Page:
The cool thing about opening a candy store is that there are a lot of locations and space options to choose from. This ranges from a converted shoe shop in midtown to a former magazine bookstand in the suburbs.
If I were launching a candy shop I would pick a space that had a lot of shelves and vibrant colors. A former bookstore would probably give me both of these things. In most bookstores I have been in (especially the independent ones) the walls were usually painted a vibrant color like orange, lime green, bright pink, and yellow. I think all these colors would be perfect for a candy store.
On the first row of shelves I would put candy canes and peppermints. On the second row I would put hard candy and bubble gum, and on the third row I would put chocolate candy and caramels. I would also use the old shoe display racks to stack candy gift bags and gift baskets. This is such a cool design I can almost visualize it in my head.
Another space I think would work well for a candy store is the first floor of an old Victorian home. Of course the home would have to be zoned for commercial use. In terms of design, I would put wooden floors all through out the first floor and build shelves on the wall. Next I would purchase several small wooden tables from a thrift shop and place them in each corner. I would display candy jars on the tables and on the wall shelves. As part of my marketing strategy I would place a large table in the front bay window and fill it with bowls of candy around a large chocolate fountain.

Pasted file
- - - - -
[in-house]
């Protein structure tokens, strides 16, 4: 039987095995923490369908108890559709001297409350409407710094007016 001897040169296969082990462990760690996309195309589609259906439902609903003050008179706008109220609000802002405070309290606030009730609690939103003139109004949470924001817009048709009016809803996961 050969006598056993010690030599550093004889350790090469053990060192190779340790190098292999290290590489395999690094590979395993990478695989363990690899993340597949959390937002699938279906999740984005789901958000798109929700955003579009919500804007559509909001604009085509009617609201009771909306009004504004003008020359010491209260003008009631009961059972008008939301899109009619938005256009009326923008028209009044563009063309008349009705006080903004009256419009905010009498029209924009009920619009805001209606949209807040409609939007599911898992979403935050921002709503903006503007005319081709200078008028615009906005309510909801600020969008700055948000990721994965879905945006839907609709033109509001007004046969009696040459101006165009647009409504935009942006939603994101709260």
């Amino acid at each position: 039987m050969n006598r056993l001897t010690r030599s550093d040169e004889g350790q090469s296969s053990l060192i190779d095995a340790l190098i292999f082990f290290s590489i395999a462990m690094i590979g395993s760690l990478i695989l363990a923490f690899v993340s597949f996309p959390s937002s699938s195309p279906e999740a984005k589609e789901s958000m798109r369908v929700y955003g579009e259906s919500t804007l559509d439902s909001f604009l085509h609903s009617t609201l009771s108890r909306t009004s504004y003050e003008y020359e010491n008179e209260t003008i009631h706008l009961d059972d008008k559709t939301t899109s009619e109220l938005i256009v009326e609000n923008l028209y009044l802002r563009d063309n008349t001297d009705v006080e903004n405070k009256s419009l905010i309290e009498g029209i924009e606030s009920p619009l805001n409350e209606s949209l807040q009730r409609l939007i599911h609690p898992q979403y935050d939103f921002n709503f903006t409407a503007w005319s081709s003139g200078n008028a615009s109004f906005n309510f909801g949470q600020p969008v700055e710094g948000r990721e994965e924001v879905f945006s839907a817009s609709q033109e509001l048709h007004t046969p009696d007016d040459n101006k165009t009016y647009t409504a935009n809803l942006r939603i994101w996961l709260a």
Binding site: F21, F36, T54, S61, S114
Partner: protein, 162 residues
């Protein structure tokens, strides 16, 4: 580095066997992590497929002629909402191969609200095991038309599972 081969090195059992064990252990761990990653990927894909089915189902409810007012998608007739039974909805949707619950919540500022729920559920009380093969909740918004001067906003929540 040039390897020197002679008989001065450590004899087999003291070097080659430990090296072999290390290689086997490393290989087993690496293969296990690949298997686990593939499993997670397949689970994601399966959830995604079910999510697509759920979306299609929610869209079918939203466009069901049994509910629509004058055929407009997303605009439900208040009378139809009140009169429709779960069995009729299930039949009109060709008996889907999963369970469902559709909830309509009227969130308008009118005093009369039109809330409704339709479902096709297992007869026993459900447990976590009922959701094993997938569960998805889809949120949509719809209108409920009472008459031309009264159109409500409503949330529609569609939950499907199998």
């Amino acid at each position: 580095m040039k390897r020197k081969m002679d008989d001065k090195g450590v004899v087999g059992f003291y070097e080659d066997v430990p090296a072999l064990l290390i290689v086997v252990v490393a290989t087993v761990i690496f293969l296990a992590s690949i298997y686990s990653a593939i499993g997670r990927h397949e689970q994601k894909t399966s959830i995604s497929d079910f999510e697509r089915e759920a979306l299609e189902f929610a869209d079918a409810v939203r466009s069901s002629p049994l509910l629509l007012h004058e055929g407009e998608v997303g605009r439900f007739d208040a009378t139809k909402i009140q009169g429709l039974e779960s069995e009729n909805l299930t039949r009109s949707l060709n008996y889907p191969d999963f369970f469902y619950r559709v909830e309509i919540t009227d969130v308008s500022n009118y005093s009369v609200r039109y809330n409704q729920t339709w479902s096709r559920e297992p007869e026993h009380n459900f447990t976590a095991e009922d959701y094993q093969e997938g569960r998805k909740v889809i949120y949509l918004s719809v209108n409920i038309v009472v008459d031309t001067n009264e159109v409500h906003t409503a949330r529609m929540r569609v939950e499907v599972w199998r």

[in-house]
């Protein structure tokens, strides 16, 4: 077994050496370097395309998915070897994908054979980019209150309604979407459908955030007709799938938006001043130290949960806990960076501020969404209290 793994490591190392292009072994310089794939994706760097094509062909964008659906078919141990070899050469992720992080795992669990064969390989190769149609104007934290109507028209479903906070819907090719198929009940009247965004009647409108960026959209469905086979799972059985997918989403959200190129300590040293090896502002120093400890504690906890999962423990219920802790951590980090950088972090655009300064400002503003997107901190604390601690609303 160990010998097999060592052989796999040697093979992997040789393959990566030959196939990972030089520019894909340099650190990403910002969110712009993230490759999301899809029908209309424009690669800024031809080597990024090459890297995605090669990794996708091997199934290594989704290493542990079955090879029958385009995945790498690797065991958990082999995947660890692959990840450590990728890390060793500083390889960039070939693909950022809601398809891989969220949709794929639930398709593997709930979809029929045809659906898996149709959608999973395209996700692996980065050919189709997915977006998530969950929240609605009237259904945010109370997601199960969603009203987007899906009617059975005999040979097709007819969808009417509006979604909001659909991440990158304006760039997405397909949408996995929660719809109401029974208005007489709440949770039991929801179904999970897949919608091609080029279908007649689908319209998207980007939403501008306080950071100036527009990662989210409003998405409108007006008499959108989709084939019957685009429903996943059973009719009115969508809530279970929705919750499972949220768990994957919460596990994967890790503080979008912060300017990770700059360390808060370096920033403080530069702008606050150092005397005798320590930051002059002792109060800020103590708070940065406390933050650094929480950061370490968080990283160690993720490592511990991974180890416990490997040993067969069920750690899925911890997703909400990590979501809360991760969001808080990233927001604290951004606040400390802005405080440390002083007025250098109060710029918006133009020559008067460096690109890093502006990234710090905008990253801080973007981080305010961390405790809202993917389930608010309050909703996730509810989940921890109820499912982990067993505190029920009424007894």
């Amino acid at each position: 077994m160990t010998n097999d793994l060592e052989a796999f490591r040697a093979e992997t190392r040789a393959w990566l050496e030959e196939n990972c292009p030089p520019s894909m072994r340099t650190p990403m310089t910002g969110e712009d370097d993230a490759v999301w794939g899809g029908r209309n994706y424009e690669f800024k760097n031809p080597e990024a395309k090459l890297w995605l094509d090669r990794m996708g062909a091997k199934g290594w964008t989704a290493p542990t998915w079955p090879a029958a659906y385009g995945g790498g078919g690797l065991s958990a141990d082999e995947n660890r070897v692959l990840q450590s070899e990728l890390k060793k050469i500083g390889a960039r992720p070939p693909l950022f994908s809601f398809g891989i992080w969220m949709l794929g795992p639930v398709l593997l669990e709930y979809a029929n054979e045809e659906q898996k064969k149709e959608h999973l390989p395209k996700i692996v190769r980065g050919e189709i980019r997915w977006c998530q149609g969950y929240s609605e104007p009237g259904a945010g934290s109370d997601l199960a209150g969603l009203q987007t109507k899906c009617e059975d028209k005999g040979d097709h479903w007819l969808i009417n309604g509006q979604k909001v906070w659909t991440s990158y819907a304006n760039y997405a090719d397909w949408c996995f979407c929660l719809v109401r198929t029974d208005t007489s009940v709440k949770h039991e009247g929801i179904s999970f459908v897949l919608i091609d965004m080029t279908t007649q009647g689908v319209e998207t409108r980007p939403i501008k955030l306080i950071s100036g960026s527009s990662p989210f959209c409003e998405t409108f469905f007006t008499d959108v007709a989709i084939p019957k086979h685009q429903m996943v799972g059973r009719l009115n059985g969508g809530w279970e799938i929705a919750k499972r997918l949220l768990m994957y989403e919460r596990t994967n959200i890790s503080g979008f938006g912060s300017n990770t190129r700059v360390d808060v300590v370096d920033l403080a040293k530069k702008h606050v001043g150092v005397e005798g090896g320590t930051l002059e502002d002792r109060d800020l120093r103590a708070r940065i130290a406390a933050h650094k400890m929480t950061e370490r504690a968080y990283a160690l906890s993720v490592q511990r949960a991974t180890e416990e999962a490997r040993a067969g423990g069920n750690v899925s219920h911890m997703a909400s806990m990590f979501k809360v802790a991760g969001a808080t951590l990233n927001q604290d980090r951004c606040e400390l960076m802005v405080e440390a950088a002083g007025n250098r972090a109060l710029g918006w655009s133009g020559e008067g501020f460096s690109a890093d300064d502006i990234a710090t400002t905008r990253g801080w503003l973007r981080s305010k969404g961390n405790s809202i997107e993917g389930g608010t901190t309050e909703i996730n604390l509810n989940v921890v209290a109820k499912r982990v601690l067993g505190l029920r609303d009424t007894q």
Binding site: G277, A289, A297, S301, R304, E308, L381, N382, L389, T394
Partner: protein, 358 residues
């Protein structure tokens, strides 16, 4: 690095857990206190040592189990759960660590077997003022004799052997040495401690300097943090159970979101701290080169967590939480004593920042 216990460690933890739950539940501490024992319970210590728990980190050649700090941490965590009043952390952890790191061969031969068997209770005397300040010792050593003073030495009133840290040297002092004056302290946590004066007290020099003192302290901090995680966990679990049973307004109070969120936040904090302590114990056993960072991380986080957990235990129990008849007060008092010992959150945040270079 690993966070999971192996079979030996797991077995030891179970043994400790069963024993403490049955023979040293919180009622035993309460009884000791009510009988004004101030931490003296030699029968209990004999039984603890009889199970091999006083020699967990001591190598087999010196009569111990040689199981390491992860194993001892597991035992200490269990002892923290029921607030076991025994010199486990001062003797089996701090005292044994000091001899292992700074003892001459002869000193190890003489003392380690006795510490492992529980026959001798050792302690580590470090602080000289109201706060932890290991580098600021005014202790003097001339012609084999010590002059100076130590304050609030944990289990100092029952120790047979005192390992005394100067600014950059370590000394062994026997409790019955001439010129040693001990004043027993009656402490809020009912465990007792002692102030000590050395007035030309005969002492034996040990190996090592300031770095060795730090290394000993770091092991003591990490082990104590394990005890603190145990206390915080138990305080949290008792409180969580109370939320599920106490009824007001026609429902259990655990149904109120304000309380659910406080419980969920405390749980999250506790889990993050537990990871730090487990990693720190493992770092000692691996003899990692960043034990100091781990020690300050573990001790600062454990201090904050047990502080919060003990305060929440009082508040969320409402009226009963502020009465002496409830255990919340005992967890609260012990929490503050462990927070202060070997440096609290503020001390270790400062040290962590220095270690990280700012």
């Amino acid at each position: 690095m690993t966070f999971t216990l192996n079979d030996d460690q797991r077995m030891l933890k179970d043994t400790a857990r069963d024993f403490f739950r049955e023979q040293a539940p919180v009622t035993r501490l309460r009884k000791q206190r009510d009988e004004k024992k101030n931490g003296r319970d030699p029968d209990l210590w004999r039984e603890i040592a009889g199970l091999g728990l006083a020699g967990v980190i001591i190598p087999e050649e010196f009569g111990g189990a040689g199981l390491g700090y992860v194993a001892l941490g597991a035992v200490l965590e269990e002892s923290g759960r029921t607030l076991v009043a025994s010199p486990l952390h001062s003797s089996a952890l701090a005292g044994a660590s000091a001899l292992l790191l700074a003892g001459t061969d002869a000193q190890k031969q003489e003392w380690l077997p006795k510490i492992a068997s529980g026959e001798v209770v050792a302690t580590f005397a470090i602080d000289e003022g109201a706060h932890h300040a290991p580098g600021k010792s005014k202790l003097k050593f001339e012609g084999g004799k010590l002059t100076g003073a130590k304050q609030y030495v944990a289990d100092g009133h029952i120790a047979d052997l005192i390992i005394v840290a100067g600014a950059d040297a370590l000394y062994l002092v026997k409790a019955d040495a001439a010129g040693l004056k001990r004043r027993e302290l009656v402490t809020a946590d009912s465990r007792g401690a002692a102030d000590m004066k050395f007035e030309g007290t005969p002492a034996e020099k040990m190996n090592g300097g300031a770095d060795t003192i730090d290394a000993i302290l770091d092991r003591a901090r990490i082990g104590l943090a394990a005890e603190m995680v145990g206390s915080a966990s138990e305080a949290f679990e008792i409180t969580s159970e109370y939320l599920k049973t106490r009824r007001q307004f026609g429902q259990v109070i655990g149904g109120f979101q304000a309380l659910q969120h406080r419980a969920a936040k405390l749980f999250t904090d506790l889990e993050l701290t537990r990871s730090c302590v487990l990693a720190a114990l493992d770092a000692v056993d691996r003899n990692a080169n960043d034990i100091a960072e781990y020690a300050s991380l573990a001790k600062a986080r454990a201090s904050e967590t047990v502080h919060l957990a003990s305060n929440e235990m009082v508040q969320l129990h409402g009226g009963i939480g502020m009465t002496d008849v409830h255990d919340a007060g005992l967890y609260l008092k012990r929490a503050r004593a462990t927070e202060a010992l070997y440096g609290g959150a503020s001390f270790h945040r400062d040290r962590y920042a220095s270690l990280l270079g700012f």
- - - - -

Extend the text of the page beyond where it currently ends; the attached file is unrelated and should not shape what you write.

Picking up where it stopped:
To generate additional revenue I would rent out the rooms on the second and third floors for tasting events and parties. How cool would it be to bring a kid to a candy store inside a restored Victorian home? I even think adults would enjoy it.
I would also consider launching a candy store truck. For a niche, I would sell all of sorts of penny candy and mini candy bars. I would get the necessary permits and permission to set up my truck at local parks and retail parking lots, and I would offer special candy discounts on the weekend.
Another place I feel would work well for a new candy store is an old warehouse space. If the space is large enough you can create little mini candy departments. To keep with the rustic urban theme I would purchase several large wooden barrels and fill them with candy. You could section off each area with mini room dividers and hand painted signs.